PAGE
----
Sonny Chiba, Japan’s brutal action legend

More violent and morally more ambivalent than Bruce Lee, Sonny Chiba was an undisputed master of the gory fight scene. His action films have thrilled Asian cinema goers for half a century, and pushed the limits of what could be shown on screen.

In 1960, the legendary Toei film studio in Tokyo held a “new faces” contest, and discovered the 21 year old Sadaho Maeda. Maede was orginally from southern Japan, but he grew up in Kimitsu, not far from Tokyo. The studio renamed him Shinichi Chiba, and later that was changed to Sonny Chiba.

Chiba was a former gymnast and a contender for the Japanese olympics team, but had to give up his sporting career due to a back injury. He was trained in Noh, classical Japanese drama, and had learnt karate from Mas Oyama.  Chiba’s first success came in television scifi, but Toei studio decided to exploit his athletic abilities in action movies.  In 1963 and 64 he starred in his first martial arts films, Judo Life and Judo Hall Demon. Five years later he founded Japan Action Club to train film actors in the martial arts. TV was replacing cinema as the popular form of entertainment in Japan at the time, and the Japanese movie industry compensated by increasing the amount of violence and sex in its productions.

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Sonny Chiba in The Streetfighter (1974)

After seing Bruce Lee, Chiba decided he could do something similar. Toei studio cast him in The Streefighter (1974), an ultraviolent film by veteran director Shigero Ozawa. In the fifties Ozawa made mainly period films. In 1964 he changed territory, however, and shot the first authentic Yakuza film (yakuza= japanese mafia), Bakuto, or The Gambler. The new violent Yakuza movies boosted Ozawa’s career, and soon a new genre was born. Rumour has it that the real-life Yakuza took an interest in films, and later put pressure on the film studios.

Like many low-budget flicks in the mid 70s, The Streetfighter capitalized on the new Bruce Lee-hysteria. Lee had died suddenly the previous year, spawning a race to find his successor. The number of copycats mushroomed. Chiba had actually traveled to Hong Kong to meet Lee, but the movie icon had just passed away. In stead, Chiba took it upon himself to become a martial arts star in his own right.

The Streefighter features Chiba as Terry Tsutrugi, a karate champion who helps to spring the condemned murderer, Juno, from death row. However, when Terry isn’t paid the murderer’s siblings suffer. Terry later refuses to work for the Yakuza, and is forced to help a rich heiress who is threatened by the gangsters. The yakuza then recruit Juno to avenge his siblings, and in the end there is a show down between Terry and the man he freed.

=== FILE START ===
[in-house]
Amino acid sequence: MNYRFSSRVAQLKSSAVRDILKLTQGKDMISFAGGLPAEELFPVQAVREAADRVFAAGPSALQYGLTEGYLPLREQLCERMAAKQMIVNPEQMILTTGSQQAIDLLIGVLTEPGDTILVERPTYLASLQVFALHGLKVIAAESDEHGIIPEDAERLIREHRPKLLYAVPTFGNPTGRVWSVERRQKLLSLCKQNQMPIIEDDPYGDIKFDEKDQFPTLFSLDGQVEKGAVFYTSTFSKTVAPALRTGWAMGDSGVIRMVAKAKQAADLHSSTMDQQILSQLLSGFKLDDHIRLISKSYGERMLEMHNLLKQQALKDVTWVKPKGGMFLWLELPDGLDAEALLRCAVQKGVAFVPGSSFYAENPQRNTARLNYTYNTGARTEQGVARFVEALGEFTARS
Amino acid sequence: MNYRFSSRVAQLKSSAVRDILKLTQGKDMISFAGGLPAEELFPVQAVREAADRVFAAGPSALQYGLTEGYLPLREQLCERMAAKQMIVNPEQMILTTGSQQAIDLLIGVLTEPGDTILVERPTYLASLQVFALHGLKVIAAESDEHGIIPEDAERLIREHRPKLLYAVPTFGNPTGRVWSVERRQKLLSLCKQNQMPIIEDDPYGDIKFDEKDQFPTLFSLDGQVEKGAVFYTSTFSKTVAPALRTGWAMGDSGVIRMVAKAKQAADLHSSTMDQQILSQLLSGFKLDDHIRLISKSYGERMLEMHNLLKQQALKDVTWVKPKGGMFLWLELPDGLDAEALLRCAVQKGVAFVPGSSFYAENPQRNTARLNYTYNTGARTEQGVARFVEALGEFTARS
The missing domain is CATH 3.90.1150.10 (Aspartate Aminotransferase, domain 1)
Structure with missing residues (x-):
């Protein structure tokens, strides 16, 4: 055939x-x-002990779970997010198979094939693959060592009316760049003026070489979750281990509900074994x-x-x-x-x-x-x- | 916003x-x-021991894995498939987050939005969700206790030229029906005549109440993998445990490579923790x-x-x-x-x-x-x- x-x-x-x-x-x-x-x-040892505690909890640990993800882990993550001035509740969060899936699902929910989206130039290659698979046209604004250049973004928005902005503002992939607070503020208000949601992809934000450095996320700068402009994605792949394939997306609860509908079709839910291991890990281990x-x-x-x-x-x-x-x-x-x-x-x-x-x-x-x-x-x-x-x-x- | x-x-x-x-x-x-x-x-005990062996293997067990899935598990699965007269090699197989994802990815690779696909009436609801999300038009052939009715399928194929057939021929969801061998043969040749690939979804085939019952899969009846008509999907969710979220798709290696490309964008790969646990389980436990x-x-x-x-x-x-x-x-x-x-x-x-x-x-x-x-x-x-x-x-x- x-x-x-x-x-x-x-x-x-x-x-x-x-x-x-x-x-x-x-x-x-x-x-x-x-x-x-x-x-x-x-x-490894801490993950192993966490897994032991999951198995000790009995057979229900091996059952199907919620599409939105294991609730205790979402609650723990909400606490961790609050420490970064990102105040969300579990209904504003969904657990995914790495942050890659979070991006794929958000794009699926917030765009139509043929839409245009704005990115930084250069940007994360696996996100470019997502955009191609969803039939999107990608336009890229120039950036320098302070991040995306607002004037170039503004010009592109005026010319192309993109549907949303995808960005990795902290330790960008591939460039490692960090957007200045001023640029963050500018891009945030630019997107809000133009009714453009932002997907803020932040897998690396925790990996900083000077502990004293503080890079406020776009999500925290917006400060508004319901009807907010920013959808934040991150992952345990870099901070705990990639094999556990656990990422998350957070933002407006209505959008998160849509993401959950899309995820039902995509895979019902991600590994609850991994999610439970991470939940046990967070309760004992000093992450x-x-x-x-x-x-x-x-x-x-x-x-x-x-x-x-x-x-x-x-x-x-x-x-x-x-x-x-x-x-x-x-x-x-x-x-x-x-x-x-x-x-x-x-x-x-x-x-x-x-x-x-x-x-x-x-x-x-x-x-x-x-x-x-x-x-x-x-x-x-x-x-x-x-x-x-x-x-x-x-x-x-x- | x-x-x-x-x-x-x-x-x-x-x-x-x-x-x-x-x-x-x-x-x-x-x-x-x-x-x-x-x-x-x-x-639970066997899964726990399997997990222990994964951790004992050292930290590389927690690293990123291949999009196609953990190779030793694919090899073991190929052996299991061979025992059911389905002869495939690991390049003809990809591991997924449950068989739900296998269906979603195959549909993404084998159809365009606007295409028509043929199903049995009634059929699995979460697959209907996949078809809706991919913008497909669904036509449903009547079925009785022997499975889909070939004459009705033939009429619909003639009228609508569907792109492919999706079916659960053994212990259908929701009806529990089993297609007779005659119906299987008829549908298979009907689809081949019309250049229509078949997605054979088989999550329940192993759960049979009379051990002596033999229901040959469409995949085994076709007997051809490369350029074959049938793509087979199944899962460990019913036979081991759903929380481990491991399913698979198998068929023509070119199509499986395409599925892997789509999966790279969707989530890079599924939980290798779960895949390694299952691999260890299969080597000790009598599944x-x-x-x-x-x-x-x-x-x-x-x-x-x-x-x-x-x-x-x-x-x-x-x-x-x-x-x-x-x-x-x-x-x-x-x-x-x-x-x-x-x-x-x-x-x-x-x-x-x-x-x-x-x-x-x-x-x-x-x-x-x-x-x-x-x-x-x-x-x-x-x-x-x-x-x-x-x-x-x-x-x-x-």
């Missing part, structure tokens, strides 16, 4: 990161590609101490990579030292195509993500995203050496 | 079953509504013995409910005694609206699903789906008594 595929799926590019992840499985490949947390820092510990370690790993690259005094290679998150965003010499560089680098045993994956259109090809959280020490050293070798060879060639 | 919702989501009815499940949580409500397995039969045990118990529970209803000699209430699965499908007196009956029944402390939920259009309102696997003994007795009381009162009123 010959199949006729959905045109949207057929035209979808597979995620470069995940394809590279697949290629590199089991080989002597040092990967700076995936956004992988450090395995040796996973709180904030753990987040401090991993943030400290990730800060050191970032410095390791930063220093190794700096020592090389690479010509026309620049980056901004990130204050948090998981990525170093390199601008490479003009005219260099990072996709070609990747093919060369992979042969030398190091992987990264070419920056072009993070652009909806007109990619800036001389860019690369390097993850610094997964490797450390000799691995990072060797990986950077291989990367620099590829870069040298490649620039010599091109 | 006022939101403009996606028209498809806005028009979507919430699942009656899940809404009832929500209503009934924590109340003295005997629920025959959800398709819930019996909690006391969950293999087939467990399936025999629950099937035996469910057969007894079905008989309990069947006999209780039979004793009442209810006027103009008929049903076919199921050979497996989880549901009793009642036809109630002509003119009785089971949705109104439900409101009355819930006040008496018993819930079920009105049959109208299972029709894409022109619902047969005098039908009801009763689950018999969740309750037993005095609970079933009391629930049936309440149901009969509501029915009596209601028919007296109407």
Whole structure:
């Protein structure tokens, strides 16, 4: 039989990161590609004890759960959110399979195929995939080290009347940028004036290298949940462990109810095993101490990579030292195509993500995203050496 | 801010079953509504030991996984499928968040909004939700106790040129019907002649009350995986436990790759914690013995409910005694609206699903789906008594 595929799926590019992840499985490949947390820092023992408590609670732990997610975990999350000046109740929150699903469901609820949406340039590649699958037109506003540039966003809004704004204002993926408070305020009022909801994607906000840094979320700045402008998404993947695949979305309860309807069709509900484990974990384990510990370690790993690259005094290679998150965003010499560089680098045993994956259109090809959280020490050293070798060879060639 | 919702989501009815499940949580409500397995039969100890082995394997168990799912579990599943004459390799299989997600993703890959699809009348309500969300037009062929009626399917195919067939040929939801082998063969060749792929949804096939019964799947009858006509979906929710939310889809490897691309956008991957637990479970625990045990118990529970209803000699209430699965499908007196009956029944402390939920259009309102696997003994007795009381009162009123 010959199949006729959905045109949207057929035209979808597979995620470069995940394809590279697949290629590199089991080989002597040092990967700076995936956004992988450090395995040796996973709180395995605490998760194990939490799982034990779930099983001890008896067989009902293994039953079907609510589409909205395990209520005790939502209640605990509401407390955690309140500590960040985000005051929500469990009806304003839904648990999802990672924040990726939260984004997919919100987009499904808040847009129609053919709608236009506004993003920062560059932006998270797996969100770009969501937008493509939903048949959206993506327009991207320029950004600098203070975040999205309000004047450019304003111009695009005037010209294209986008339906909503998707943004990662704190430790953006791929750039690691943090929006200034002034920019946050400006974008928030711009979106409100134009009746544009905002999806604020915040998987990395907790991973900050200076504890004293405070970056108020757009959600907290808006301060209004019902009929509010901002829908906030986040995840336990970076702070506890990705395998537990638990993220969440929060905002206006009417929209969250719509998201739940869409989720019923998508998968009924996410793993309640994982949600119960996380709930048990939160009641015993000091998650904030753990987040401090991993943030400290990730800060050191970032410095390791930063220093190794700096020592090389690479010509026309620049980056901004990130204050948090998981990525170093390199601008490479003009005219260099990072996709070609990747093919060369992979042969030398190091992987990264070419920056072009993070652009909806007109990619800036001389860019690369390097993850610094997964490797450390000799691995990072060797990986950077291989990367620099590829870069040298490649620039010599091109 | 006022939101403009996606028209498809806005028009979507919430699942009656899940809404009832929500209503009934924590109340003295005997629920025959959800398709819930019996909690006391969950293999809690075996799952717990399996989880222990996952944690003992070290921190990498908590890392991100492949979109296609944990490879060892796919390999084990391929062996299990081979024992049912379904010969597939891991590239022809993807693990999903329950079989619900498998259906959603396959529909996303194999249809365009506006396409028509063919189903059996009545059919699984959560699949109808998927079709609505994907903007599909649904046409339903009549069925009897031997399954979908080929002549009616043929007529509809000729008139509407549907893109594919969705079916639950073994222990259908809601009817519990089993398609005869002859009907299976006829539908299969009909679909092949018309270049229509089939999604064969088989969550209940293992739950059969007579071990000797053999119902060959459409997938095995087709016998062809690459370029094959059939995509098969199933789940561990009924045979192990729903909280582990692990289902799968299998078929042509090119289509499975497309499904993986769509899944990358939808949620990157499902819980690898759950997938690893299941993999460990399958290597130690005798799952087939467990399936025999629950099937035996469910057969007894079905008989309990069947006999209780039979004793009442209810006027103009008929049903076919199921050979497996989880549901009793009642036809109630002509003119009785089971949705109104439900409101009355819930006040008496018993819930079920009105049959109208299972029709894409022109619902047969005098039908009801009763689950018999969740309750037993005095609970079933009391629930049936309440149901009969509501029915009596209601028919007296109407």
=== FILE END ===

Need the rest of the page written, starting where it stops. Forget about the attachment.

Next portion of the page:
There were a number of Streetfighter-sequels, and the films became Chiba’s international breakthrough as a movie star. He eventually  starred in over 120 movies for the Toei film studio, and won numerous awards for acting in more serious Japanese productions. In the 2000s, he rose to  superstardom after being featured in Tarantino’s Kill Bill films. At the age of 69, in 2008, Chiba suffered an asthma attack on the set of a TV series, and decided to retire from action roles.

Like Bruce Lee, the name Sonny Chiba was meant only for an international audience. In his home country of Japan Chiba is now known under his original name, Sadaho Maeda. While Bruce Lee only starred in a handful of films after he became famous, Chiba’s career spans decades and includes films of many genres. He was inducted into the B-movie Hall of Fame in 2004.

“An actor’s body should be full of emotions, whether it is happiness or sorrow, pain or joy, enraged or elated. You have to express yourself with your whole body. Japanese actors don’t normally do this. What I’m doing as an action star is what every actor should be doing. Action is drama” – Sonny Chiba

The Streetfighter (1974) is now public domain according to archive.org:

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